Session 2010-11
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General Committee Debates
Delegated Legislation Committee Debates

Export Control (Amendment) (No. 2)
Order 2011

The Committee consisted of the following Members:

Chair: Mr David Crausby 

Aldous, Peter (Waveney) (Con) 

Banks, Gordon (Ochil and South Perthshire) (Lab) 

Bingham, Andrew (High Peak) (Con) 

Birtwistle, Gordon (Burnley) (LD) 

Cooper, Rosie (West Lancashire) (Lab) 

Donohoe, Mr Brian H. (Central Ayrshire) (Lab) 

Hepburn, Mr Stephen (Jarrow) (Lab) 

Heyes, David (Ashton-under-Lyne) (Lab) 

Jones, Andrew (Harrogate and Knaresborough) (Con) 

Maynard, Paul (Blackpool North and Cleveleys) (Con) 

Newmark, Mr Brooks (Lord Commissioner of Her Majesty's Treasury)  

Prisk, Mr Mark (Minister of State, Department for Business, Innovation and Skills)  

Reid, Mr Alan (Argyll and Bute) (LD) 

Roy, Lindsay (Glenrothes) (Lab) 

Simpson, David (Upper Bann) (DUP) 

Stewart, Iain (Milton Keynes South) (Con) 

Wollaston, Dr Sarah (Totnes) (Con) 

Wright, David (Telford) (Lab) 

Ben Williams, Committee Clerk

† attended the Committee

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Sixth Delegated Legislation Committee 

Tuesday 29 March 2011  

[Mr David Crausby in the Chair] 

Export Control (Amendment) (No. 2) Order 2011 

4.30 pm 

The Minister of State, Department for Business, Innovation and Skills (Mr Mark Prisk):  I beg to move, 

That the Committee has considered the Export Control (Amendment) (No. 2) Order 2011 (S. I., 2011, No. 580). 

It is a pleasure to serve under you today, Mr Crausby. The Export Control (Amendment) (No. 2) Order 2011 was made, laid before Parliament and came into force on 2 March. The order was made using powers under section 6 of the Export Control Act 2002. 

The order imposes export controls on unissued Libyan bank notes and on unissued Libyan coins. As a result, the export to any destination of such notes and coins is prohibited unless a licence has been first obtained from the Secretary of State for Business, Innovation and Skills. 

The order revokes and replaces the Export Control (Amendment) Order 2011, which was made and came into force on 27 February but which, for reasons of urgency, was not laid before Parliament until 28 February. Perhaps it would help hon. Members if I explained the background to the respective orders. 

On Friday 25 February, the Government became aware that a commercial printer in the UK had a contract with the Central Bank of Libya to print Libyan bank notes. The Libyans had then asked for an urgent delivery of the entire stock of outstanding notes, valued, we think, at nearly £900 million. Given the worsening situation in Libya, and the imminent imposition of the United Nations sanctions against the country and its regime, the Government judged that there was a very real risk that the regime would attempt to move state assets with the intention of keeping them for its own benefit if the regime failed, which was clearly against the interests of the Libyan people. 

There was also a risk that the assets may have been obtained by corruption. In both cases, we assessed that the movement of these funds could constitute money laundering. Therefore, we felt that there was an urgent need to prevent the supply of the bank notes, in order, first, to mitigate the risk that the money could be used by Colonel Gaddafi and his associates to support further violent repression of the population; secondly, to prevent Colonel Gaddafi and his associates from misappropriating the money for personal use, if and when he were forced from office; thirdly, to ensure that the money is kept safe for future legitimate use by Libya when those risks no longer exist.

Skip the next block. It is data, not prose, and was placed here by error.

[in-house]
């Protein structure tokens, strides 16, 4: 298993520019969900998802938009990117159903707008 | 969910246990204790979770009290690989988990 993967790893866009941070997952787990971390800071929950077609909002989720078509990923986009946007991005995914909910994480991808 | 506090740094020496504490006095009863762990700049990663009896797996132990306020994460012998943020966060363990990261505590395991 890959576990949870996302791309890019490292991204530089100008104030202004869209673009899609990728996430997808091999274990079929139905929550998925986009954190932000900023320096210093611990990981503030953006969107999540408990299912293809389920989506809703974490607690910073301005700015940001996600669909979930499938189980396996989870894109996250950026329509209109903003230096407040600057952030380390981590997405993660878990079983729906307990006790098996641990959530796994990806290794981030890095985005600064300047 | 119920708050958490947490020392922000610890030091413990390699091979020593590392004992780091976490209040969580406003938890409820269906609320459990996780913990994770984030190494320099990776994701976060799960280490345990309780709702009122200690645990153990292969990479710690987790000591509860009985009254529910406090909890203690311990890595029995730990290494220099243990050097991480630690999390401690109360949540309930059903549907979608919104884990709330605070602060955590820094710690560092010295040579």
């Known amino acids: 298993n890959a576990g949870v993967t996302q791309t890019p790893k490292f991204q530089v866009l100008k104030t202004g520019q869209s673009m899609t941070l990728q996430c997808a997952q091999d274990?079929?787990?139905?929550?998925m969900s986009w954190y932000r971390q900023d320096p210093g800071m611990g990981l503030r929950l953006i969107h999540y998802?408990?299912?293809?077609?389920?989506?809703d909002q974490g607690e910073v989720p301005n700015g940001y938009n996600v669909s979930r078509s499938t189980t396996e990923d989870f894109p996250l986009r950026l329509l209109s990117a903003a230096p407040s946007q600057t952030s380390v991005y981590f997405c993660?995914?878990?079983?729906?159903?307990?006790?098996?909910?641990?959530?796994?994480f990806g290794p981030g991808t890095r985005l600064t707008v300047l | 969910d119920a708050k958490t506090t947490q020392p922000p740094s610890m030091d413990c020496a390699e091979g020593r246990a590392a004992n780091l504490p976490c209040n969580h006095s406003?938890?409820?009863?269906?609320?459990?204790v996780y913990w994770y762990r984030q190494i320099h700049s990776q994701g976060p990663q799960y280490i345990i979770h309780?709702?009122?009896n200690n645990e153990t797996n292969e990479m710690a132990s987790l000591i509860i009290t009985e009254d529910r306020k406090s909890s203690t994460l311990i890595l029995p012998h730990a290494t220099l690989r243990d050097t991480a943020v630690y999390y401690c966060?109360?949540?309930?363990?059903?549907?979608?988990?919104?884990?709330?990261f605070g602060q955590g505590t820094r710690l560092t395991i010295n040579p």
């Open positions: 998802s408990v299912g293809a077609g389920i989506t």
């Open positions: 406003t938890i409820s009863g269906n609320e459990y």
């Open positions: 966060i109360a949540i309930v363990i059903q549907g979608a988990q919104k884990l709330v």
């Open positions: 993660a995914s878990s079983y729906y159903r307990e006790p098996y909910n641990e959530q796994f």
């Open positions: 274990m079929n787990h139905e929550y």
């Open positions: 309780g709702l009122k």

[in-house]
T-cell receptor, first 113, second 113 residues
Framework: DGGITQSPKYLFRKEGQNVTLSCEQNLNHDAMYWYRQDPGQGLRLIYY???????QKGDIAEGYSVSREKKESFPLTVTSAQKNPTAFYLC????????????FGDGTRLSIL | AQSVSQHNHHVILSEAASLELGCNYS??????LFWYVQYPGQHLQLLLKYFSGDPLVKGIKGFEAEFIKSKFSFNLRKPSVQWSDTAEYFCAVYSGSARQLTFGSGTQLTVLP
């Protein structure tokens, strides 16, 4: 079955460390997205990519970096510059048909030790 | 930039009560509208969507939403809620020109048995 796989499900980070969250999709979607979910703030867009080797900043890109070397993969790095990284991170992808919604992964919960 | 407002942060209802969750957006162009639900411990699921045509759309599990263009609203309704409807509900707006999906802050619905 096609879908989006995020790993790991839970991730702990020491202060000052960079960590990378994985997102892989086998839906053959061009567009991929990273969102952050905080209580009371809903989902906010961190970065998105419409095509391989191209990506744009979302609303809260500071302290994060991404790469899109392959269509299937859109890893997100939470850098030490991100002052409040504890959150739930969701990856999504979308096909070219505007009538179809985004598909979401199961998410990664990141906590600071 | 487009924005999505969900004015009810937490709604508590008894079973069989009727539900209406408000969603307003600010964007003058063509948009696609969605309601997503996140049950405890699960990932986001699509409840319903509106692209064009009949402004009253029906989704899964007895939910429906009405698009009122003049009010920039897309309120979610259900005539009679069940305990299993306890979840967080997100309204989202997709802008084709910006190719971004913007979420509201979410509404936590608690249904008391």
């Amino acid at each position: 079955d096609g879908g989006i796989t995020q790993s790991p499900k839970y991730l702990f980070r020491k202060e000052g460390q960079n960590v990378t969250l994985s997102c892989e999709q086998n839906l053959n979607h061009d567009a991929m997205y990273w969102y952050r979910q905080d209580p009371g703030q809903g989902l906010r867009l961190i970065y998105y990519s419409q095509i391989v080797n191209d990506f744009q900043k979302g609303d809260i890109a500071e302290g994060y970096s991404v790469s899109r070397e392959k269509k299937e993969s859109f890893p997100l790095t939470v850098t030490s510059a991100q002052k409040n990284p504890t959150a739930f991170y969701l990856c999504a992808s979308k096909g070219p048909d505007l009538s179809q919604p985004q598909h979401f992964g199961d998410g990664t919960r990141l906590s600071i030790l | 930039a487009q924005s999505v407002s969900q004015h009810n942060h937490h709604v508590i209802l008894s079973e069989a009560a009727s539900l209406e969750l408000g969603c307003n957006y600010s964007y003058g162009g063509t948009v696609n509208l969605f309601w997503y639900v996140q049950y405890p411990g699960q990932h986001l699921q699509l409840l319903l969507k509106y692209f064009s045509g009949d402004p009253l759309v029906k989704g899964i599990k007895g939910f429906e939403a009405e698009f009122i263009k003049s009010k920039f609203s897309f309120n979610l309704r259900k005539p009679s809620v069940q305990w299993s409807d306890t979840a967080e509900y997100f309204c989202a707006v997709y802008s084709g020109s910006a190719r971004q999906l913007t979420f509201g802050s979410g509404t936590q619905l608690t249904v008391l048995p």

Clearly, we needed to act quickly. The printer had told us that, contractually, it had no grounds for delaying the payment. We considered a number of ways in which we could prevent the supply of the notes. As

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hon. Members know, we were working hard at the UN for a Security Council resolution that would impose, among other things, an asset freeze. What we did not know at the time was whether that would specifically include the Central Bank of Libya or how long the discussion would take. We also considered whether it would be possible to take action under the Proceeds of Crime Act 2002. On consideration, we found that the Export Control Act 2002 allows the Secretary of State to make provision by order for or in connection with the imposition of export controls in relation to goods of any description. The Libyan bank notes were not in fact in circulation and therefore did not constitute legal tender, but in so far as they consist of paper notes, they are “goods” that can be controlled under the Export Control Act powers. We therefore decided that the use of those powers offered us the quickest and most robust method of preventing the supply of the notes. 

Officials in my Department therefore worked closely with Her Majesty’s Treasury and others to draft the legislation. Work on that continued on the Friday night and into the weekend. Because of the very real risk that the notes could be shipped at any time, it was essential that the order came into force as soon as possible. That meant bringing it into force on Sunday 27 February before it could laid before Parliament. In compliance with the requirements of the Statutory Instruments Act 1946, my Department wrote to the Speakers of both Houses setting out our reasons. The Export Control (Amendment) Order 2011 was laid before Parliament on Monday, the following day. 

Soon after that, the Government became aware that a further contract existed with another supplier, but in this case for supply of unissued Libyan coins. Although the value of the coins was significantly lower, we judged that the same risks of money laundering and misappropriation of state assets applied. We therefore made a new order, the Export Control (Amendment) (No. 2) Order 2011, which imposes export controls on unissued Libyan coins as well as the notes. The order was made, laid and came into force on 2 March. At the same time, the original order was revoked and replaced by the measure before us.